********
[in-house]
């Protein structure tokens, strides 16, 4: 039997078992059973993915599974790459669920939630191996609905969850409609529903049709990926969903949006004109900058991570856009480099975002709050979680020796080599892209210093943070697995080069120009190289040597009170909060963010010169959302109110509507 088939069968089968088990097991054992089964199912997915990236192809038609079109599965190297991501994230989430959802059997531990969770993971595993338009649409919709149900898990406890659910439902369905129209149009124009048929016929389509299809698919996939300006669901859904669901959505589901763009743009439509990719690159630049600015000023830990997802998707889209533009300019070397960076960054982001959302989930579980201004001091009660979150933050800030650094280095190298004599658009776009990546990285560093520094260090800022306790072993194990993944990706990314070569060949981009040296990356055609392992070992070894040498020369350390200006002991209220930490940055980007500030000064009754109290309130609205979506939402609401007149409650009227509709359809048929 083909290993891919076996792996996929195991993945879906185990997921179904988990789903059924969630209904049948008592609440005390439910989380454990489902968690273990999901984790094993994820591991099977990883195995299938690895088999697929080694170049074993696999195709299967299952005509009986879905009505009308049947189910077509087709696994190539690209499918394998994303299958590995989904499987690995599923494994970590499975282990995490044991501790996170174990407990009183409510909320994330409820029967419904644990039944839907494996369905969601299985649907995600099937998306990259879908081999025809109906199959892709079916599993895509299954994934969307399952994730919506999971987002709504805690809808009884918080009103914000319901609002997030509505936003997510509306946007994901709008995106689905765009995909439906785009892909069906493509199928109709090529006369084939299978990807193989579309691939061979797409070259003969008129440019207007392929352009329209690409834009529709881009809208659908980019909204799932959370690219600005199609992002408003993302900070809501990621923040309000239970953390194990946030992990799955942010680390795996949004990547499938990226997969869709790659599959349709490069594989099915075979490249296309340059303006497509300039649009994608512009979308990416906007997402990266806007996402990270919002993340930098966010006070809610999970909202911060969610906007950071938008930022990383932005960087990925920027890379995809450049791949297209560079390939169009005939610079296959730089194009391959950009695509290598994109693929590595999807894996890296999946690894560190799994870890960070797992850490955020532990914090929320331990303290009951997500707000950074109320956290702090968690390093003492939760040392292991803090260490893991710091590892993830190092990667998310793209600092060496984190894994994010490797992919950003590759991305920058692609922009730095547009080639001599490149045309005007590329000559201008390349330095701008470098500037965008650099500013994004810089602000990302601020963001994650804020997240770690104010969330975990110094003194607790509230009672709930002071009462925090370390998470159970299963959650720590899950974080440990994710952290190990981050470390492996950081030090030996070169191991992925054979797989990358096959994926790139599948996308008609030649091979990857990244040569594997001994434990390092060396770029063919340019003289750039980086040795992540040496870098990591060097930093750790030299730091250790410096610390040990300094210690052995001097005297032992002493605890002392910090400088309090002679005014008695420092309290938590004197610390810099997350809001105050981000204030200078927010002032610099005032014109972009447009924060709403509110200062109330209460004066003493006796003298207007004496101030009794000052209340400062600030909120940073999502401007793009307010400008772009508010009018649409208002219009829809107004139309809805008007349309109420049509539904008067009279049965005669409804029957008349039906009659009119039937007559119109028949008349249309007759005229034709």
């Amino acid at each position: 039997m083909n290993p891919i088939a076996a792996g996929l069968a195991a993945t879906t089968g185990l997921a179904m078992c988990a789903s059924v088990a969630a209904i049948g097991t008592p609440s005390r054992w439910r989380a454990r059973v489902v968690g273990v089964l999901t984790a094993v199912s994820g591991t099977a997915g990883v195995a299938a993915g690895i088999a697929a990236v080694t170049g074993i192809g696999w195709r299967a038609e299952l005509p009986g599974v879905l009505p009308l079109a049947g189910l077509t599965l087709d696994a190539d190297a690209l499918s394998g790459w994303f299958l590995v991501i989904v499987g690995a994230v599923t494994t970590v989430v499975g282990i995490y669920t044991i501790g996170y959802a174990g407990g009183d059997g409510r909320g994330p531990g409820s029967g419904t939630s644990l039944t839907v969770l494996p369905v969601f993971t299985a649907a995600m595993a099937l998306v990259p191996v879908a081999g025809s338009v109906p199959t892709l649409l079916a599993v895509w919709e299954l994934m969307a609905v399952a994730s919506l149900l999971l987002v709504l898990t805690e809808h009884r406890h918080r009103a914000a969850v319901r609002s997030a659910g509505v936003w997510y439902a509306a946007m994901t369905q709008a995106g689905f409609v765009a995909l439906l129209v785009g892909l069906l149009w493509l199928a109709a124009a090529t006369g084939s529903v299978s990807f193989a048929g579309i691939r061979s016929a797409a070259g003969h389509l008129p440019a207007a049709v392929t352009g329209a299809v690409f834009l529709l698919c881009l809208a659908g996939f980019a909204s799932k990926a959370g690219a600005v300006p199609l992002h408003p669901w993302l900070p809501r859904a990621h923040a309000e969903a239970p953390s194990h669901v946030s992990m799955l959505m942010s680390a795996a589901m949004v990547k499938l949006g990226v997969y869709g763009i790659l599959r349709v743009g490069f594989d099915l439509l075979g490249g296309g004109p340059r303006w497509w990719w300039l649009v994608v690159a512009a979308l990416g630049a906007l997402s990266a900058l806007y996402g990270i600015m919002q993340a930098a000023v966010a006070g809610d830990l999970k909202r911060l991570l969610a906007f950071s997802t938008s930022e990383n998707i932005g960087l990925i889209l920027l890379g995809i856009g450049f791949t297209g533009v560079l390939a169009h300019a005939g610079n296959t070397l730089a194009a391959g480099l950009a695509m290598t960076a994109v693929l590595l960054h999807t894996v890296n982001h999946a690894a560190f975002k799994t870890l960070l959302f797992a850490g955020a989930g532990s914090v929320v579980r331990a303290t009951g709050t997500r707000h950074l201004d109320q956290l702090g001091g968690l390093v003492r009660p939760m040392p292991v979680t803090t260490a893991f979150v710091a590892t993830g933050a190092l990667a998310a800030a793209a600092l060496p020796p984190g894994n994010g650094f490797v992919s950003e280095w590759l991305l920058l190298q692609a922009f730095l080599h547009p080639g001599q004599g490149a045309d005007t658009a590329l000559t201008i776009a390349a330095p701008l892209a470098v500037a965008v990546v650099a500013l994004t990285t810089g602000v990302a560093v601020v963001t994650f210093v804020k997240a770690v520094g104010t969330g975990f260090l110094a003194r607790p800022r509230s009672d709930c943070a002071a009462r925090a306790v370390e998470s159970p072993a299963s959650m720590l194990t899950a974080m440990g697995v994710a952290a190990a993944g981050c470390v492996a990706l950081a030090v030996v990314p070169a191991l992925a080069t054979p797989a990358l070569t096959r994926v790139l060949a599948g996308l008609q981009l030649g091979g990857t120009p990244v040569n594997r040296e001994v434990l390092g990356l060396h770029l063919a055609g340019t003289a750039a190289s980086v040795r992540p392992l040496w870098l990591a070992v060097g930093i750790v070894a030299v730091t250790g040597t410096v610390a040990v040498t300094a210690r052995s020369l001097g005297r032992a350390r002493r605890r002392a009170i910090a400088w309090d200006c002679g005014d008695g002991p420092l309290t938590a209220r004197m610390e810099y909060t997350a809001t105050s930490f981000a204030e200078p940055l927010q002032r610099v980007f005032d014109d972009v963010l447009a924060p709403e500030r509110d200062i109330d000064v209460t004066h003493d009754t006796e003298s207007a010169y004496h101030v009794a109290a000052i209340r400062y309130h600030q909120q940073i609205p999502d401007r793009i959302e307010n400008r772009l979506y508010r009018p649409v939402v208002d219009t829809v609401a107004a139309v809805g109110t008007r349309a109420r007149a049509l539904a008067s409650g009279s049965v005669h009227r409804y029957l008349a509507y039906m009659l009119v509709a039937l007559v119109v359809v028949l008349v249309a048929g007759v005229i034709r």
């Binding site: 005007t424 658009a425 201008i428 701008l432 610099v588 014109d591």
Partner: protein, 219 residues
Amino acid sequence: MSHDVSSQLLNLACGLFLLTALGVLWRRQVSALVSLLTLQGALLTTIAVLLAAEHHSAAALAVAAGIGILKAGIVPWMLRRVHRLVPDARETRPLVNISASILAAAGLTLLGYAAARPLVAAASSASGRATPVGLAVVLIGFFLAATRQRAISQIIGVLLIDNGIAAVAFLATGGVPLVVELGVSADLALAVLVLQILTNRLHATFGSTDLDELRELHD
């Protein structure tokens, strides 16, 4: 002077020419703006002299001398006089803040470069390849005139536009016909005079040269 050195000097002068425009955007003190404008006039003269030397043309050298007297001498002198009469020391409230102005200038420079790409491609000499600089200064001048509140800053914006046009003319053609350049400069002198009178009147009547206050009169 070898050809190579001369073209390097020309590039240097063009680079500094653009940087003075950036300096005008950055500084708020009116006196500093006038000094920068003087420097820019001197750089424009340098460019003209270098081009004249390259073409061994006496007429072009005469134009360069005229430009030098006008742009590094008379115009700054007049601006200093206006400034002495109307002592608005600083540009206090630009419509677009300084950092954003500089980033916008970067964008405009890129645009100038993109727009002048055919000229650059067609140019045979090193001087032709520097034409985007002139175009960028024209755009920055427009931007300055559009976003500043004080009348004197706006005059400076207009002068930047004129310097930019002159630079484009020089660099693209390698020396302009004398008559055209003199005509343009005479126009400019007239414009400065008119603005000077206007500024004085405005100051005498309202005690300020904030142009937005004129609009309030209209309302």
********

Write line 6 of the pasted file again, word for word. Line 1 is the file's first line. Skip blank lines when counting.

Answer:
Amino acid sequence: MSHDVSSQLLNLACGLFLLTALGVLWRRQVSALVSLLTLQGALLTTIAVLLAAEHHSAAALAVAAGIGILKAGIVPWMLRRVHRLVPDARETRPLVNISASILAAAGLTLLGYAAARPLVAAASSASGRATPVGLAVVLIGFFLAATRQRAISQIIGVLLIDNGIAAVAFLATGGVPLVVELGVSADLALAVLVLQILTNRLHATFGSTDLDELRELHD